Sunday, January 4, 2015

Fiction: Family Outings

I can jot down my personal version of the truth or I can tell you outright lies, and I'll call it fiction if I want to.

After all, it's what I do.

I could tell you about the time I rode my daddy's shoulders out to the sand bar at Savannah Beach in Georgia, where the nurse sharks were circling.

I was seven when that happened. He'd lifted me up and headed straight for the beasts with all the excitement he'd exuded when that fox in Alaska came trotting down the ice-covered road. It's bright red fur stood in stark contrast to the dull, gray snow. My daddy made me whisper as we watched it perk its ears left and then right and then skitter away, frightened by the presence of humans. Not humanity, mind you--just your typical, dirty rotten humans.

The sharks were less peculiar. They circled us in the warm, clear water, closing in with each orbit. Soon enough, my daddy was able to extend his arm so the nurse sharks could swim under his fingers. I watched them caress the smooth lengths of those fearsome fish. He never flinched, and neither did they. They seemed in perfect harmony.

 The rest of the family ignored us from the safe sands of the beach. What did they care about nurse sharks when there were crabs to be chased, castles to be built?

The breeze bounced across the surface of the sea and tickled past me, causing me to shiver. My daddy wrapped a strong hand around my ankle to steady me. Or maybe to scare me. I couldn't tell.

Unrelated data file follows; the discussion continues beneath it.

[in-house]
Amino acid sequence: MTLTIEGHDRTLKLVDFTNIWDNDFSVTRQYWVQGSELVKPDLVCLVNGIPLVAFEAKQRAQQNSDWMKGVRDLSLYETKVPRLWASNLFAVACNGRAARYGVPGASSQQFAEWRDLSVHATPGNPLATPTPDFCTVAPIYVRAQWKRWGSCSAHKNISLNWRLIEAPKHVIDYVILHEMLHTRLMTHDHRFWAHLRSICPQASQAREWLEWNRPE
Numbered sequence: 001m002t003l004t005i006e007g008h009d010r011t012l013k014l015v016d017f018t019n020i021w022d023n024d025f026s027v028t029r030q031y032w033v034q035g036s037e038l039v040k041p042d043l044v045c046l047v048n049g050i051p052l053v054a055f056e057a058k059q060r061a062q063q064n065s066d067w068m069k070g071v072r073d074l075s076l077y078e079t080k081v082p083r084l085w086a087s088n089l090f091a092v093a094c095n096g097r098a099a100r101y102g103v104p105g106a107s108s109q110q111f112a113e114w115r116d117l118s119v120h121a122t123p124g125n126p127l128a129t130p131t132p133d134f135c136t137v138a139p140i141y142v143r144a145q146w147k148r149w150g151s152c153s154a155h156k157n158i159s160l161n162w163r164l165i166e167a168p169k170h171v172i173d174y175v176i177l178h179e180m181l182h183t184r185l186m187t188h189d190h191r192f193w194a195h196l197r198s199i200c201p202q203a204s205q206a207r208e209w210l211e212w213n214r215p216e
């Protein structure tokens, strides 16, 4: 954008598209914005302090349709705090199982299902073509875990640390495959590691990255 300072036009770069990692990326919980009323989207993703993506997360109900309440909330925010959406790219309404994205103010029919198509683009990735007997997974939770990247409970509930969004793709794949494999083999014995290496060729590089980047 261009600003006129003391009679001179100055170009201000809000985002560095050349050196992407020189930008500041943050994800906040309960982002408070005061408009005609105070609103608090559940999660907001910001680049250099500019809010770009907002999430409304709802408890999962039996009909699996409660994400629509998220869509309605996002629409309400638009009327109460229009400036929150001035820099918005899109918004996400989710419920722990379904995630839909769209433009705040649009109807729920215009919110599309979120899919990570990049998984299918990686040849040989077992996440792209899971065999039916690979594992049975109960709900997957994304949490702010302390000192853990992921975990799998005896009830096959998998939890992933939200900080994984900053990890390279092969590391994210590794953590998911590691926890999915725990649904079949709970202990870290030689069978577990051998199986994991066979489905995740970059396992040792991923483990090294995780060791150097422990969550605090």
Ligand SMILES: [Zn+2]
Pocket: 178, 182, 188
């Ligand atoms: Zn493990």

It was the kind of gesture dad's do, you know. The good ones, anyway, and my daddy had been pretty good for a while by then.

Or maybe he had only been pretending.

I had that crystal moment of clarity right there on his shoulders in the center of a swarm of nurse sharks. I realized I was at his mercy. He could use his strength to protect me, steady me, keep me squarely on his shoulders until we made our way back to the shore.

Or he could toss me in.

And I knew he just might be crazy enough to do it. And it might serve me right that he was finally paying me back for that thing I'd done the year before.

You know.

When I shot him.


  1. Despite my irrational fear of sharks, what with living in a landlocked state and all, I know nurse sharks are pretty benign. Be that as it may, this story terrified me, but that last line was fantastic.

    1. Thanks. I like that last line too.
      My irrational fish fear is the barracuda.
      They just look like they're thinking how delicious I am.

  2. Never saw it coming. Whether you wrote to it or it was there all along, you've made O. Henry happy.

    1. O. Henry...hmmm, that's something to think about. I like writing stories with a shocking last line or an unexpected twist, but I would never compare myself to O. Henry.

  3. Some sharks are scary, some are not. Maybe humanity is so rotten that the sharks don't want to eat us anymore?

    Cold As Heaven

    1. I should have written this for Discovery's Shark Week. I wonder why I always have these brilliant ideas way too late.